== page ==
Although the legal systems in the UK and the USA originally started out based on the same set of rules, they have diverged over the years and have since become quite different to one another, although there are some interesting parallels.
States and constituent countries
Some rules apply to the entire United Kingdom while other matters may be settled differently depending on the law in the constituent country (England, Scotland, Wales or Northern Ireland). In a similar way, the US government dictates federal law while each of the individual states has varied laws and rules within that.
The two countries are not dissimilar in terms of how past legal cases can be used to set a precedent for a current case. Past judgements are referred to regularly in both court systems in order to make difficult decisions.
For other matters, US courts may refer to Congress, which is made up of the Senate (two representatives per state) and the House of Representatives (a proportionate number of representatives for each state’s population). Congress is comparable to the Houses of Parliament in the UK, where MPs (members of parliament) represent regions all over the country. In each case, new laws are debated and decided by these authorities.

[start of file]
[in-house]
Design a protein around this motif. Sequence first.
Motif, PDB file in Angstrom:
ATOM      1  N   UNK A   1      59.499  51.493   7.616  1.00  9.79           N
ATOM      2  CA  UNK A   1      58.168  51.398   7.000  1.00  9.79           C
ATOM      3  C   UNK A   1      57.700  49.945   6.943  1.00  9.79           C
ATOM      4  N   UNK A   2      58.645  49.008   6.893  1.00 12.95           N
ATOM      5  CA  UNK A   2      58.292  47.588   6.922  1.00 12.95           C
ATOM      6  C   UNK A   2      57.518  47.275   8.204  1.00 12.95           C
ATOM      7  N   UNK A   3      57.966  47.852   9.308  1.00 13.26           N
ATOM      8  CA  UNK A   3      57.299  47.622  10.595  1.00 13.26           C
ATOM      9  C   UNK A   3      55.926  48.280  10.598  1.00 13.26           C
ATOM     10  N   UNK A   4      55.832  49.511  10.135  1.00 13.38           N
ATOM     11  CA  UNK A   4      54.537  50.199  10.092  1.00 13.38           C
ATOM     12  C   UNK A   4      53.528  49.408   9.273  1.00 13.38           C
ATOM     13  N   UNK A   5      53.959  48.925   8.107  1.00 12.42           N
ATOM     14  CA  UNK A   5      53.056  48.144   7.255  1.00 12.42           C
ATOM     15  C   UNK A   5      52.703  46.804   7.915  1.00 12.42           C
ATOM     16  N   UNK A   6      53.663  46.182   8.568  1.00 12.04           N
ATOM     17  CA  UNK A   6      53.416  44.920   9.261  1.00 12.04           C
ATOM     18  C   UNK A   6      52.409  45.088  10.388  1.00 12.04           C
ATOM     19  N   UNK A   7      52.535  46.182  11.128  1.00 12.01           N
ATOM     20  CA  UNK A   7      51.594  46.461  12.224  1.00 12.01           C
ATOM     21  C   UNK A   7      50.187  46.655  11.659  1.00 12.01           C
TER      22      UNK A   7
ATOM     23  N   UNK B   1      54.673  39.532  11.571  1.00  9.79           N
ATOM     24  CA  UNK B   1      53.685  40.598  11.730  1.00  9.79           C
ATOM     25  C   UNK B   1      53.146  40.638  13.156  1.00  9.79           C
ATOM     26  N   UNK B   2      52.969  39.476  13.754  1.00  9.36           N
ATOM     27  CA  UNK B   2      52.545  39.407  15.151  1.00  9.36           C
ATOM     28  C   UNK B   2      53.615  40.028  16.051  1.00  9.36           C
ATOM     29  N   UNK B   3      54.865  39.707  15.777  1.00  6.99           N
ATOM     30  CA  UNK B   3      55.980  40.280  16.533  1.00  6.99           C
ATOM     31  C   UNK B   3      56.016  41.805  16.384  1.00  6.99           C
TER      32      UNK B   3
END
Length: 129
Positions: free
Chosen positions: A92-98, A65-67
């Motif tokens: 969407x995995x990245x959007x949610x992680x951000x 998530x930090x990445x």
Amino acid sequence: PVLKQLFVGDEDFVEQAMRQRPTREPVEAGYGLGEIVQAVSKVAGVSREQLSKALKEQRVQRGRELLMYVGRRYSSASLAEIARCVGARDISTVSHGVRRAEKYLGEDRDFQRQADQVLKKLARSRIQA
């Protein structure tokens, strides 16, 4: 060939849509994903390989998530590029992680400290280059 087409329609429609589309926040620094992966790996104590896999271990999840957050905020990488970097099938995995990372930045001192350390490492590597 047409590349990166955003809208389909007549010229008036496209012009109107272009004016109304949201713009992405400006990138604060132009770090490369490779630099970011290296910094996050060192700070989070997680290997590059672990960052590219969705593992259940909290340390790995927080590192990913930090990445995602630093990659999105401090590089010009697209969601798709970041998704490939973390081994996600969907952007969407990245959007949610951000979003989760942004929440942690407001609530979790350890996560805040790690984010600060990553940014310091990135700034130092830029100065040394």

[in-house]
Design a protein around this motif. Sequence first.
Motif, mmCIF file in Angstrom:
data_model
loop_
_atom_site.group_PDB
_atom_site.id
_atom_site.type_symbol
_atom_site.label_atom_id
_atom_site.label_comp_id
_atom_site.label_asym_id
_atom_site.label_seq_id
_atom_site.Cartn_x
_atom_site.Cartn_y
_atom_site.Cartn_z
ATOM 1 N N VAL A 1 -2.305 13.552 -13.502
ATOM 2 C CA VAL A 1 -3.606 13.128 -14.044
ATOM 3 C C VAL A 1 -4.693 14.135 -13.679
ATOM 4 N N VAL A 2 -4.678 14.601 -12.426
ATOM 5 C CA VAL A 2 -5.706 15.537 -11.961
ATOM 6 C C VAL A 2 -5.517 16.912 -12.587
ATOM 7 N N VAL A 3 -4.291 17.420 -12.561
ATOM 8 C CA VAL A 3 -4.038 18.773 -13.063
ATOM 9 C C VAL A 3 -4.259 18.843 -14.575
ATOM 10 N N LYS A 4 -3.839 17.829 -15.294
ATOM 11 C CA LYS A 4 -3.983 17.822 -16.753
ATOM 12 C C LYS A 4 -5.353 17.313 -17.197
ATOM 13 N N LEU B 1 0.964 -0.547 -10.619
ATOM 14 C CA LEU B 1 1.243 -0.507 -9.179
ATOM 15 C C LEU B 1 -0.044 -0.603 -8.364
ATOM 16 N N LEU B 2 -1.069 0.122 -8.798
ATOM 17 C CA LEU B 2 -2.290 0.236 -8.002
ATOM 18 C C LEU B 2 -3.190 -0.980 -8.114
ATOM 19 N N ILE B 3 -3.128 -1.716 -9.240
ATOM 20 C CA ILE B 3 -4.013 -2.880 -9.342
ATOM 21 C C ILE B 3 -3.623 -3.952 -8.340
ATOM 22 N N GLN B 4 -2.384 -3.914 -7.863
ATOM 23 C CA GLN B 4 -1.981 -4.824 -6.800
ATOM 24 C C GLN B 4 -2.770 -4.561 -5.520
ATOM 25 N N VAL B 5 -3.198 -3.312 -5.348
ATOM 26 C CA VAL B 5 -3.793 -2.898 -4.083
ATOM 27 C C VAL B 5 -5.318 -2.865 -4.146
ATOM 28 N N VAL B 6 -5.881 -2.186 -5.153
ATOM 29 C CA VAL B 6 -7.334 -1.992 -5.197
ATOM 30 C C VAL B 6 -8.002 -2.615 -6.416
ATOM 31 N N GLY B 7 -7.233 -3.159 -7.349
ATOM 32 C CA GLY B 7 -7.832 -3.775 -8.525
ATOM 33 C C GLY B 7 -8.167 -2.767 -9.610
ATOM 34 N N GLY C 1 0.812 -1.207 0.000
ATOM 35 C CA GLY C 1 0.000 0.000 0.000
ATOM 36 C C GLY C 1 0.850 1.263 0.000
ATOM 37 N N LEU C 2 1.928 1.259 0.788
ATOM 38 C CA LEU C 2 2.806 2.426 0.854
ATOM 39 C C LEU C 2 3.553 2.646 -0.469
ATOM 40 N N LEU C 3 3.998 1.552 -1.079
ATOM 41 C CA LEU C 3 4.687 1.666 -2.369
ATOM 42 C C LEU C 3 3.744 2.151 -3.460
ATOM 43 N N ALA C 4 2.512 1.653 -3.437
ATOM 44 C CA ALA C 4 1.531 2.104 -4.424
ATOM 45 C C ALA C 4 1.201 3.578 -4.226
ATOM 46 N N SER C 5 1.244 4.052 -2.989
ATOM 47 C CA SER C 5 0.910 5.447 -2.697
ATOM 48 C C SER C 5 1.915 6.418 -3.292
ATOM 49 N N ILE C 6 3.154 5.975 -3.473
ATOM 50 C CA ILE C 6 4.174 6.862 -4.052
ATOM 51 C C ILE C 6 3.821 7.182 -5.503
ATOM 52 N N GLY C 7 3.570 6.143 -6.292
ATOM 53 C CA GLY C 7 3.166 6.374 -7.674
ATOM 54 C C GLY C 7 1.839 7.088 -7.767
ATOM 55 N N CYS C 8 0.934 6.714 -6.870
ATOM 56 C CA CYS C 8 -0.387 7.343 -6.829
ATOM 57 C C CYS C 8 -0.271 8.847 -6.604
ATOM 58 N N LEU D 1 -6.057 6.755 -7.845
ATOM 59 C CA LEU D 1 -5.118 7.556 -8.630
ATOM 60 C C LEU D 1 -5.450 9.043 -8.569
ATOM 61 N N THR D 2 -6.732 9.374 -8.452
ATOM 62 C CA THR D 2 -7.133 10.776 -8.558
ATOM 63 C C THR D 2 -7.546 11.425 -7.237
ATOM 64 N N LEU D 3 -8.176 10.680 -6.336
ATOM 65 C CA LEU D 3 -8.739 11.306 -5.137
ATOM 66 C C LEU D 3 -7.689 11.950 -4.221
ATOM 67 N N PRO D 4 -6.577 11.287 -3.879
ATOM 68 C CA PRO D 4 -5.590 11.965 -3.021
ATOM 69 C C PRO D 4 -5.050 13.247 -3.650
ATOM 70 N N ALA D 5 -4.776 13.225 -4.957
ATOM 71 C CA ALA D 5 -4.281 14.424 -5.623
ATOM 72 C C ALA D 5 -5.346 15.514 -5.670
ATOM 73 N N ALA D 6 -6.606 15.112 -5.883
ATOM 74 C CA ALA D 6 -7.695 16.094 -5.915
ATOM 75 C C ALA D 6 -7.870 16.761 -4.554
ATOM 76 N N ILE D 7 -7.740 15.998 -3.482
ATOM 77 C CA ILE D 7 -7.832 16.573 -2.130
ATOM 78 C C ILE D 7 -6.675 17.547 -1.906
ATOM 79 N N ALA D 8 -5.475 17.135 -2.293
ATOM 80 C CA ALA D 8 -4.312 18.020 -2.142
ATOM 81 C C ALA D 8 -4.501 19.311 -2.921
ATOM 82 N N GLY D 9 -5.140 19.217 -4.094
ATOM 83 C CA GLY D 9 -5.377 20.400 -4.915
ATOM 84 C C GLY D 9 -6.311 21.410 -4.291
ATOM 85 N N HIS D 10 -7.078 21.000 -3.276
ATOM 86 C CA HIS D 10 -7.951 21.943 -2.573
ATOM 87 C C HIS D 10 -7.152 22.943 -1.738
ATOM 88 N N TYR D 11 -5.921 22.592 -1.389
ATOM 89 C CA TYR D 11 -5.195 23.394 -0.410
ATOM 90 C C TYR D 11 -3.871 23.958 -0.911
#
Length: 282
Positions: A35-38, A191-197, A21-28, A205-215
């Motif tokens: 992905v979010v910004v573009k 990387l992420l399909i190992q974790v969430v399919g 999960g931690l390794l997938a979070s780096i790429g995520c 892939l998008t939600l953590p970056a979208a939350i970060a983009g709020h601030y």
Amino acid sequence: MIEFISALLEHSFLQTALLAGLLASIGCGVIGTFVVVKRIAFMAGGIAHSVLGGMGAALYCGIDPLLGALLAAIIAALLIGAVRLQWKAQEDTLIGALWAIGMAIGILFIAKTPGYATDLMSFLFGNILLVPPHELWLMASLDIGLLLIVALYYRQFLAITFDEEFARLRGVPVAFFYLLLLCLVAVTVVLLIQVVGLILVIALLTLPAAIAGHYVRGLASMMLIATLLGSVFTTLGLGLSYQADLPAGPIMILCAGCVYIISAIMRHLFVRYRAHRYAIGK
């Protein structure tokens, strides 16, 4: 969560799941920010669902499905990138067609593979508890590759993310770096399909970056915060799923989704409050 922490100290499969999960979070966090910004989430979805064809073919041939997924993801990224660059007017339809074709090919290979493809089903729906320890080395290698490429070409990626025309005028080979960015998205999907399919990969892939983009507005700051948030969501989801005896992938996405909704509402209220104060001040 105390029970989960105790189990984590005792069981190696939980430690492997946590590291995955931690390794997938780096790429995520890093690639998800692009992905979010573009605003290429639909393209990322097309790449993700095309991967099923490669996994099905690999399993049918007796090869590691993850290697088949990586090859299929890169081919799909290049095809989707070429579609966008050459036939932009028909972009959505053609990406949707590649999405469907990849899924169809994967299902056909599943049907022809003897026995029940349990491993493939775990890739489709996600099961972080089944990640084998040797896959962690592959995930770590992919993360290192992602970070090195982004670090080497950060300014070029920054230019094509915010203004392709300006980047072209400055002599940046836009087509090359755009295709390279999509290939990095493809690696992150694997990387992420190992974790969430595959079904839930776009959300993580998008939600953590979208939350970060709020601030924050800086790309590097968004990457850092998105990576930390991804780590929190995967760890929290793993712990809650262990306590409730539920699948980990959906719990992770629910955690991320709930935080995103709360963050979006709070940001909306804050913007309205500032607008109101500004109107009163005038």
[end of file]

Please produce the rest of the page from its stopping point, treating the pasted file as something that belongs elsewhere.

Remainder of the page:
Different court systems
In both countries, there is a distinction between courts that deal with smaller, usually civil cases and more serious criminal cases. In the USA, federal courts can deal with either type, while UK cases are subject to a more complicated system starting from Crown Court, escalating to the Courts of Appeals if needed, and finally a Supreme Court.
There is also a parallel court system for particular types of disputes called a tribunal system, which does not have an American equivalent as such. Cases in the US may alternatively be resolved via arbitration, which is a less formal and less expensive alternative to a traditional court case.
Lawyers and law school
In the UK, lawyers must follow up their law degree with further education, but in the US only the initial qualification and bar exam are necessary to move into any particular field of law. After qualifying, lawyers would often be known as “solicitors” or “barristers” in the UK while the US term is “attorney.” In either case, lawyers are likely to be referred to with respect to their area of expertise.